Citing The Case Study Solution
Citing the case study solution is an important part of the writing process. Your instructor, who has probably read hundreds of case studies but only a few solutions, will appreciate it if you cite your sources properly.
The first step in citing your case study solution is identifying which citation style to use. Most universities and academic journals enforce a specific style for citing sources within papers and publications. The most common styles are the Chicago Style (used by The University of Chicago), MLA (Modern Language Association) Style, Harvard Style (Harvard University), APA (American Psychological Association) or the IEEE (Institute of Electrical and Electronics Engineers). Before using it elsewhere, you should make sure you choose a style compatible with those used by your school or college before using it elsewhere! It’s worth noting that there are variations within these styles as well. For example, Chicago has six options for citations depending on whether one is writing about books/articles/newspapers etc. In contrast, Harvard only has two options depending on whether one cites books/articles/newspapers etc.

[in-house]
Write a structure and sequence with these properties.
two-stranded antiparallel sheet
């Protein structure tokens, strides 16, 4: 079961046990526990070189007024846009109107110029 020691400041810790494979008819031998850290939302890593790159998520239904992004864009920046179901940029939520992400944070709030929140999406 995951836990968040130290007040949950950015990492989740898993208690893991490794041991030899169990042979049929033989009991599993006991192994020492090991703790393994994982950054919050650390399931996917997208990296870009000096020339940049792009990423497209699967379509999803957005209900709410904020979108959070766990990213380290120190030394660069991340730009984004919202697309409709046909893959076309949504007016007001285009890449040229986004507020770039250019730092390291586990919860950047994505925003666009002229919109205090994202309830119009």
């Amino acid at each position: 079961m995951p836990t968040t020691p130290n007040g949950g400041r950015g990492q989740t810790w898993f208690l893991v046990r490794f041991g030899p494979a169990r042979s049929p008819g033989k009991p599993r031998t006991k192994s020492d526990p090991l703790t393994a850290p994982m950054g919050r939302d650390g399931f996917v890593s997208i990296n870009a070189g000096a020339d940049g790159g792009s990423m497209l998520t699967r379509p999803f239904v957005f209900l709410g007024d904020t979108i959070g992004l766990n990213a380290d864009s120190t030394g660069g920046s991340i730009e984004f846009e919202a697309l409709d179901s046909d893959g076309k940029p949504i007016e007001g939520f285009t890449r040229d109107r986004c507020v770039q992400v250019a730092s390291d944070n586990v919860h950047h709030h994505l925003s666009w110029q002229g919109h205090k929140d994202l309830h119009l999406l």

Designing The Title Page
The title page is the first page of your case study solution and should include:
- Title of your paper. This brief but informative title should describe the main topic or problem being addressed. It should also make it clear to the reader what they can expect from reading your work.
- Your name/author information. If you are writing with a group of students, list all authors on this page and their contact information (email address) to allow others to contact them for more information about their work.
- Date written/updated by author(s). You may not update it every day, but whenever there is significant new material in a paper, include an updated date so that readers know when you made changes after they read it initially
Different Types of Case Study solution